B. Procedural History

On February 27, 2014, Fischer filed two actions against Stephen Forrest. 14 Civ. 1304, Dkt. 1 ("Compl. I"); 14 Civ. 1307, Dkt. 2 ("Compl. II"). On April 11, 2014, Forrest moved to dismiss the first complaint. 14 Civ. 1304, Dkt. 8. In response, on May 27, 2014, Fischer filed an Amended Complaint against both Stephen and Sandra Forrest. Id. Dkt. 23 ("Am. Compl. I").

Initially, Forrest did not appear in the second action or answer the second complaint. In early April 2014, Fischer obtained a clerk's certificate of default and moved for default judgment in the second action. 14 Civ. 1307, Dkt. 5-10. Pursuant to orders issued by the Court, Forrest appeared on April 17, 2014, id. Dkt. 12, and responded to Fischer's motion on April 25, 2014, id. Dkt. 19-24. On June 16, 2014, after full briefing, the Court denied Fischer's motion for default judgment and granted Forrest's motion to vacate the entry of default. Id. Dkt. 35. The Court held that the default was not willful, that denying the motion for default judgment would not prejudice Fischer, and that Forrest had potentially meritorious defenses. See id.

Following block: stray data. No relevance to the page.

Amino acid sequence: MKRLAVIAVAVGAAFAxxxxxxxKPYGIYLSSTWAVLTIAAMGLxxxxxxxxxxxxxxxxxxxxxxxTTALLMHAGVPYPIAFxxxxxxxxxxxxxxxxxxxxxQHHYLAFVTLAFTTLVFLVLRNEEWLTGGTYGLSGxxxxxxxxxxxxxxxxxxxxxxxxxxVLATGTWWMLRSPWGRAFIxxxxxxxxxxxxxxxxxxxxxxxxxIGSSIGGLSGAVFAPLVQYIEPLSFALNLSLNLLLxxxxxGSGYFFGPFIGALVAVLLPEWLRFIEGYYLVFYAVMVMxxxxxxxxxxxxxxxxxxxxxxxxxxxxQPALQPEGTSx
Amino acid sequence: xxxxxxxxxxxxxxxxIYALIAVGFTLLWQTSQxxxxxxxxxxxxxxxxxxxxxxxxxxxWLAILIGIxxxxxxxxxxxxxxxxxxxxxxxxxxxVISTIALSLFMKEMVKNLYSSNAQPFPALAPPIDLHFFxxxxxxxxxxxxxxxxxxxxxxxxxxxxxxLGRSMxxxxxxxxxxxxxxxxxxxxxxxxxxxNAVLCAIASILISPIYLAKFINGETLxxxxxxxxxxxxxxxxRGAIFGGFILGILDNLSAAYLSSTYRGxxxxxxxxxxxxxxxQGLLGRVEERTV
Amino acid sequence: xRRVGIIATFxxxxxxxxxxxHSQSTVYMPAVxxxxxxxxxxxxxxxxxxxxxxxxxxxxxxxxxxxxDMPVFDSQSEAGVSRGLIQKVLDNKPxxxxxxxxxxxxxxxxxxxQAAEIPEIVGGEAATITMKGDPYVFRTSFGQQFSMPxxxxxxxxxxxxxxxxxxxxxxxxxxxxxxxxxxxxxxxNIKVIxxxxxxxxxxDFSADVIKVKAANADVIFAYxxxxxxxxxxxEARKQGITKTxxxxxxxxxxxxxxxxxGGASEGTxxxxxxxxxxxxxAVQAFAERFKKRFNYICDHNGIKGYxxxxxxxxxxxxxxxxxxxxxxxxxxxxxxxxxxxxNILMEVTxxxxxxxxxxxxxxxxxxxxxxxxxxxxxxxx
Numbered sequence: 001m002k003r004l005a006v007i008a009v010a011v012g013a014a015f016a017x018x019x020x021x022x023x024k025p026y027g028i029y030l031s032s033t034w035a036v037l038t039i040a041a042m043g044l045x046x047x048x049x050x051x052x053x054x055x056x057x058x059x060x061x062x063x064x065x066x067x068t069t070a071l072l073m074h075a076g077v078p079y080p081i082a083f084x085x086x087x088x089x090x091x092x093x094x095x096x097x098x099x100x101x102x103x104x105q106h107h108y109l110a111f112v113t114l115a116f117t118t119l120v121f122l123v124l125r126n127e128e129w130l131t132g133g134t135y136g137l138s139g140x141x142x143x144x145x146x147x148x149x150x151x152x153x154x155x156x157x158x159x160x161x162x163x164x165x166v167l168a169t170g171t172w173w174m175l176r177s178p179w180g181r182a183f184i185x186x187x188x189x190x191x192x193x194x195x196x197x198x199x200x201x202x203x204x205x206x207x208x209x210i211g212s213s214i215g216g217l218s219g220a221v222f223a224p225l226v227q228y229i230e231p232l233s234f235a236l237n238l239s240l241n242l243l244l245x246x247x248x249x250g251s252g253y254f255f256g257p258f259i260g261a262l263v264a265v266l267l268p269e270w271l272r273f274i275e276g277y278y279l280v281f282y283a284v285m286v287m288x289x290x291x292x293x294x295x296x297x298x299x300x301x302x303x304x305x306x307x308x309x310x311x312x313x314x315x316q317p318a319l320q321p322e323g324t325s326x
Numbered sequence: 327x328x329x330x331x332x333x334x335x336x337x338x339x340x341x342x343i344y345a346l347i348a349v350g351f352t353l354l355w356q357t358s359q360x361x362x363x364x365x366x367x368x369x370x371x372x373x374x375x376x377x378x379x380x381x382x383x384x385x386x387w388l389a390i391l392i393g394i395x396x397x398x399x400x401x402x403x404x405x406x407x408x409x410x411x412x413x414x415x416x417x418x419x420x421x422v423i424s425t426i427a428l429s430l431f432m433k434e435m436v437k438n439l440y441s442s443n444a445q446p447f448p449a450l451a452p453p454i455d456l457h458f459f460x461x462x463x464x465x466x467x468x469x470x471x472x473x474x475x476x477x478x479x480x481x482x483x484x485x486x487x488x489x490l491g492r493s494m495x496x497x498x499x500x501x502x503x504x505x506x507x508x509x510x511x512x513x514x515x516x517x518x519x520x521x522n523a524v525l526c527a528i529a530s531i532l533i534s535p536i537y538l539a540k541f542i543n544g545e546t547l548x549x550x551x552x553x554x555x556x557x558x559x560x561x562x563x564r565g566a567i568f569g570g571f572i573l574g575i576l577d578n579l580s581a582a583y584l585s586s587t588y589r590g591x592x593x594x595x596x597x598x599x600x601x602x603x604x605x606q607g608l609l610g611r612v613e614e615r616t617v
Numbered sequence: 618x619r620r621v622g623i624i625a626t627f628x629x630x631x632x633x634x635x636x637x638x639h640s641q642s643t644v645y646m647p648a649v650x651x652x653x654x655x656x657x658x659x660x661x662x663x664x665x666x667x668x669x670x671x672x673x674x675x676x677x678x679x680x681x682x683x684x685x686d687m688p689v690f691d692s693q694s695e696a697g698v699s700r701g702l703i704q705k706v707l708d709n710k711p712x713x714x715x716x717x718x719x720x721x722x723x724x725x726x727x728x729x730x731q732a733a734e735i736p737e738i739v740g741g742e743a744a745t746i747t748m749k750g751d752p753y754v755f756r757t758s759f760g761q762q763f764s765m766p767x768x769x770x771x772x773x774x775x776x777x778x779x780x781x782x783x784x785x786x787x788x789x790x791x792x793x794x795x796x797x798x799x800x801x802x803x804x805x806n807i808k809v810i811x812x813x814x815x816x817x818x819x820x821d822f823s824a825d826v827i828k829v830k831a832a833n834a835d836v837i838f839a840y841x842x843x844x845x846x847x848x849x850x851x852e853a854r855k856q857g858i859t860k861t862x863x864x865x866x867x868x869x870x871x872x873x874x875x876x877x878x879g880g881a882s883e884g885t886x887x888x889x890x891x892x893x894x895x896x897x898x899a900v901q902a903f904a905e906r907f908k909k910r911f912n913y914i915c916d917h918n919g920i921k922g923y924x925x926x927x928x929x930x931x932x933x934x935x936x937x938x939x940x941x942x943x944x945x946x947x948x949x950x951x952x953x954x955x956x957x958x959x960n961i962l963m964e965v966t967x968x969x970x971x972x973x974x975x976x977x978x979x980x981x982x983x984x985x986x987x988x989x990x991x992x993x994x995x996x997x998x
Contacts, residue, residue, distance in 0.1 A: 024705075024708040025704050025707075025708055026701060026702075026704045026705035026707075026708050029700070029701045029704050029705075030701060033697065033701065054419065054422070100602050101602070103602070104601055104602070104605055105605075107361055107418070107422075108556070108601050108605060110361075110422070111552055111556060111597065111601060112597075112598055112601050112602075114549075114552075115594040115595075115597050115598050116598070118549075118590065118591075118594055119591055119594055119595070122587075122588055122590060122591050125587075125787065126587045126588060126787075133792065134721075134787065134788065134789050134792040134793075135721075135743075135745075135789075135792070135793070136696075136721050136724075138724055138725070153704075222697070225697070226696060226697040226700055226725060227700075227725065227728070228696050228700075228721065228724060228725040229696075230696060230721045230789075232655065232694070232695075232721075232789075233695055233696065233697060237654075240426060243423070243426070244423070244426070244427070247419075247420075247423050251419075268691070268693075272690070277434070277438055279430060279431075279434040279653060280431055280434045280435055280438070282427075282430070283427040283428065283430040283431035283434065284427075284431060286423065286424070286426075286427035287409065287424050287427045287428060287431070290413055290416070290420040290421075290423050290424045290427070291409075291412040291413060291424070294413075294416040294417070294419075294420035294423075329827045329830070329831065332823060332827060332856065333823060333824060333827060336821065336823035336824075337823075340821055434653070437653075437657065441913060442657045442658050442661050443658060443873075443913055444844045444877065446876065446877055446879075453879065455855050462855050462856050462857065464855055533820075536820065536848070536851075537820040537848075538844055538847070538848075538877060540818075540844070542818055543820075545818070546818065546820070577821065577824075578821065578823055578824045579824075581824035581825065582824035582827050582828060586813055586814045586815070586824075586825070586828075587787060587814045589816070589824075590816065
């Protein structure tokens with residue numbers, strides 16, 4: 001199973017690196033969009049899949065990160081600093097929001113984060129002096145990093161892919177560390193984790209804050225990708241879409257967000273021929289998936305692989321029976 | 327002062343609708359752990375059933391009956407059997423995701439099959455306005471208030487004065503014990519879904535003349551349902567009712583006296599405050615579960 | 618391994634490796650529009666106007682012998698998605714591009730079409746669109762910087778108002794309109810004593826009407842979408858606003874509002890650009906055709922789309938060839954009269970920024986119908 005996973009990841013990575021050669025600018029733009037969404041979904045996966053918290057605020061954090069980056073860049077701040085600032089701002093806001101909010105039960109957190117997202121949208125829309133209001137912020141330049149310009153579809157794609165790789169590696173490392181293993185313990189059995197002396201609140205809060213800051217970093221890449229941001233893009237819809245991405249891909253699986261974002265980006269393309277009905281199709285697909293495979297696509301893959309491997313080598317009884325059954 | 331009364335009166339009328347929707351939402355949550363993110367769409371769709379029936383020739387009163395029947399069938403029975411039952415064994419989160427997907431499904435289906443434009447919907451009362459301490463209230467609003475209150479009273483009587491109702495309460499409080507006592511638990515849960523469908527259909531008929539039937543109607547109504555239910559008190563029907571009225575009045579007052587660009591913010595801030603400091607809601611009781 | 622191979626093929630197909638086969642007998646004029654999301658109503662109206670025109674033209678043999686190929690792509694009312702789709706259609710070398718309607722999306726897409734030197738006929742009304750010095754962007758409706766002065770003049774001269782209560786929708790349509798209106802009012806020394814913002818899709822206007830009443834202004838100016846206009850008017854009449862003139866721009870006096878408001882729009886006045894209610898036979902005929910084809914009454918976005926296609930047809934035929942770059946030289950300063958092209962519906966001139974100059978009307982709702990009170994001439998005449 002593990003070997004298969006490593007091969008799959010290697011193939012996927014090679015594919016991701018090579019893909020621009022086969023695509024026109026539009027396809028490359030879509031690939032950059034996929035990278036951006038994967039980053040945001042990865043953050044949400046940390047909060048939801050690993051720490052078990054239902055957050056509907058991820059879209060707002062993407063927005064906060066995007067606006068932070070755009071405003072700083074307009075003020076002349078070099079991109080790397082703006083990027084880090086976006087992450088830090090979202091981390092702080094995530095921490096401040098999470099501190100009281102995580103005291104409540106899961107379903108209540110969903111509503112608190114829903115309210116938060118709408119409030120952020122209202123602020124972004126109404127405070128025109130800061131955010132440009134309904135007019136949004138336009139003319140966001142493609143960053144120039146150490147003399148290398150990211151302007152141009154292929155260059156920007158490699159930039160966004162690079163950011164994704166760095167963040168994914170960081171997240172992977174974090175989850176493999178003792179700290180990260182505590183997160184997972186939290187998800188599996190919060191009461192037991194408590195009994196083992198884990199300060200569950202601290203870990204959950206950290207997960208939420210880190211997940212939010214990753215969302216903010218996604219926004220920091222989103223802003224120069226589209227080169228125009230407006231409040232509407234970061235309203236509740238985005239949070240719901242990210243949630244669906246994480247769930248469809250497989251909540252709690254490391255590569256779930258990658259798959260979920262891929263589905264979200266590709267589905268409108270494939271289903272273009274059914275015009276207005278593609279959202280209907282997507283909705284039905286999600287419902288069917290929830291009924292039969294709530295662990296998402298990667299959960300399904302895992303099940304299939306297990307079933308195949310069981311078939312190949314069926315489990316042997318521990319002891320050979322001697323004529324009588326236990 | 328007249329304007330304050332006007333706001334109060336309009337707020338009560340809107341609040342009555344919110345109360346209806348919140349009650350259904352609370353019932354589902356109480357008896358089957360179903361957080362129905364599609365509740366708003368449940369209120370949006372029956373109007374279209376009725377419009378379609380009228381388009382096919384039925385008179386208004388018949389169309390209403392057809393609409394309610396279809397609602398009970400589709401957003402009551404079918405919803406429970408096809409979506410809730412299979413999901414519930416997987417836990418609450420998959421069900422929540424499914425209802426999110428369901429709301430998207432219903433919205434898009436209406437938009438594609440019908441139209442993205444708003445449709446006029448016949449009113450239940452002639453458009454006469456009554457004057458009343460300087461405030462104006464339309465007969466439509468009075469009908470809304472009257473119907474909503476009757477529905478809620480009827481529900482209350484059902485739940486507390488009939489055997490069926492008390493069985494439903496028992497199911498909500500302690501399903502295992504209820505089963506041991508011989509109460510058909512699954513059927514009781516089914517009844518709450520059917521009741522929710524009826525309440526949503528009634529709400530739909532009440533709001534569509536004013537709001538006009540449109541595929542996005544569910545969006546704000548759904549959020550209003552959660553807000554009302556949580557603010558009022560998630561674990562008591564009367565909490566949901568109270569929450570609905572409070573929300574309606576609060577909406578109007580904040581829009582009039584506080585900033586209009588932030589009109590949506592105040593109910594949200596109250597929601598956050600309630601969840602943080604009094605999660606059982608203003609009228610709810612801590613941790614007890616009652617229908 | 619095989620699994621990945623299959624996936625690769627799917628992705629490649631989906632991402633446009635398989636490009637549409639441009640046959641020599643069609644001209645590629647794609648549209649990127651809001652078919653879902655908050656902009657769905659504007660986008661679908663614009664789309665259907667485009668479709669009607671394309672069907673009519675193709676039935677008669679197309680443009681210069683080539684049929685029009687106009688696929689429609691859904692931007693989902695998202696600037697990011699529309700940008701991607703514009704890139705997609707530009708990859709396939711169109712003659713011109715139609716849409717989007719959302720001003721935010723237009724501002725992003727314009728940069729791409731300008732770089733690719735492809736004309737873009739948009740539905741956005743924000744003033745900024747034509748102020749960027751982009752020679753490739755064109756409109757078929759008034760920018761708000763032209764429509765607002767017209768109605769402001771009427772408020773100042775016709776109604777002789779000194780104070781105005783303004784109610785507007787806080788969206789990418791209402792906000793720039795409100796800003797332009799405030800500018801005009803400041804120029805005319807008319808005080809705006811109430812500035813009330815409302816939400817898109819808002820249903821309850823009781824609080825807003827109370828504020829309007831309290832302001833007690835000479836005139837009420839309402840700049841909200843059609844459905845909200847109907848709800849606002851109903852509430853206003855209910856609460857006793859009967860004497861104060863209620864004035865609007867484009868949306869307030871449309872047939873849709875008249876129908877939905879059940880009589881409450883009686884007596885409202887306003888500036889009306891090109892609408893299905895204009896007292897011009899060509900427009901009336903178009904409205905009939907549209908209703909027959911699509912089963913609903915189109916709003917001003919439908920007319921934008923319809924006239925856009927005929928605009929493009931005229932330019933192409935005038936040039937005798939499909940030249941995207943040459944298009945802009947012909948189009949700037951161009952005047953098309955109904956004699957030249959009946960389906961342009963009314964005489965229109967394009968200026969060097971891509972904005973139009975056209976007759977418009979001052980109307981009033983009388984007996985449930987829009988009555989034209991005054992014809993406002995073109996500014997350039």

On June 19, 2014, the Court informed the parties that it was inclined to consolidate the two actions and directed the parties to notify the Court if they objected to consolidation. Id. Dkt. 37. Forrest did not object. Id. Dkt. 40, Fischer, by contrast, argued that consolidation would prejudice him by preventing him from recovering statutory damages for both direct and secondary infringement. Id. Dkt. 41. The Court therefore agreed to maintain two separate actions, at least for the time being, but it set a unified schedule for briefing Forrest's anticipated motion to dismiss. Id. Dkt. 44.